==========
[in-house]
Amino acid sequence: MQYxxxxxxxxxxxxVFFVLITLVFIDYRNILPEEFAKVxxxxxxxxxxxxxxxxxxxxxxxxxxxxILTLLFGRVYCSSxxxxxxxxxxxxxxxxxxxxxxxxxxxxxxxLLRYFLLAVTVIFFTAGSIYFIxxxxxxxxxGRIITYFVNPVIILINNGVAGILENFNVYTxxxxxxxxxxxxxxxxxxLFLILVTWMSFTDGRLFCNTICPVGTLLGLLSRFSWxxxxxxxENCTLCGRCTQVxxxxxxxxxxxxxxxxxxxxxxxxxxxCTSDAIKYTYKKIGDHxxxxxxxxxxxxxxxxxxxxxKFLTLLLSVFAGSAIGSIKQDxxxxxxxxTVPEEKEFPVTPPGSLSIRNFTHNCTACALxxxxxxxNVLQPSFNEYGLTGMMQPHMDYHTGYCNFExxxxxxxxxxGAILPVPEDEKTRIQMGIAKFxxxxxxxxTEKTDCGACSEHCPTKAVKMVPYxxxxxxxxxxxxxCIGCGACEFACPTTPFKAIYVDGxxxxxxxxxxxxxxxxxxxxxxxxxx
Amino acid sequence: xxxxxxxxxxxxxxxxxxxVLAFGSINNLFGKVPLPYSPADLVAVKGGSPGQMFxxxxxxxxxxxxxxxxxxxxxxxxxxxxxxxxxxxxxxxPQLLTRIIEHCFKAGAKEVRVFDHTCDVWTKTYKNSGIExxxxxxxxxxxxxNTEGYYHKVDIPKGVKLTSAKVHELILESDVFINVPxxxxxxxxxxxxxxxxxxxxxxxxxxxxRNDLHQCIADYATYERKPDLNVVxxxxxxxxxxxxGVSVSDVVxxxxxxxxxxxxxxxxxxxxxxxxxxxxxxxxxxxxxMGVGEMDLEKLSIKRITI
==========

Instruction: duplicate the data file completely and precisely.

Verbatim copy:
[in-house]
Amino acid sequence: MQYxxxxxxxxxxxxVFFVLITLVFIDYRNILPEEFAKVxxxxxxxxxxxxxxxxxxxxxxxxxxxxILTLLFGRVYCSSxxxxxxxxxxxxxxxxxxxxxxxxxxxxxxxLLRYFLLAVTVIFFTAGSIYFIxxxxxxxxxGRIITYFVNPVIILINNGVAGILENFNVYTxxxxxxxxxxxxxxxxxxLFLILVTWMSFTDGRLFCNTICPVGTLLGLLSRFSWxxxxxxxENCTLCGRCTQVxxxxxxxxxxxxxxxxxxxxxxxxxxxCTSDAIKYTYKKIGDHxxxxxxxxxxxxxxxxxxxxxKFLTLLLSVFAGSAIGSIKQDxxxxxxxxTVPEEKEFPVTPPGSLSIRNFTHNCTACALxxxxxxxNVLQPSFNEYGLTGMMQPHMDYHTGYCNFExxxxxxxxxxGAILPVPEDEKTRIQMGIAKFxxxxxxxxTEKTDCGACSEHCPTKAVKMVPYxxxxxxxxxxxxxCIGCGACEFACPTTPFKAIYVDGxxxxxxxxxxxxxxxxxxxxxxxxxx
Amino acid sequence: xxxxxxxxxxxxxxxxxxxVLAFGSINNLFGKVPLPYSPADLVAVKGGSPGQMFxxxxxxxxxxxxxxxxxxxxxxxxxxxxxxxxxxxxxxxPQLLTRIIEHCFKAGAKEVRVFDHTCDVWTKTYKNSGIExxxxxxxxxxxxxNTEGYYHKVDIPKGVKLTSAKVHELILESDVFINVPxxxxxxxxxxxxxxxxxxxxxxxxxxxxRNDLHQCIADYATYERKPDLNVVxxxxxxxxxxxxGVSVSDVVxxxxxxxxxxxxxxxxxxxxxxxxxxxxxxxxxxxxxMGVGEMDLEKLSIKRITI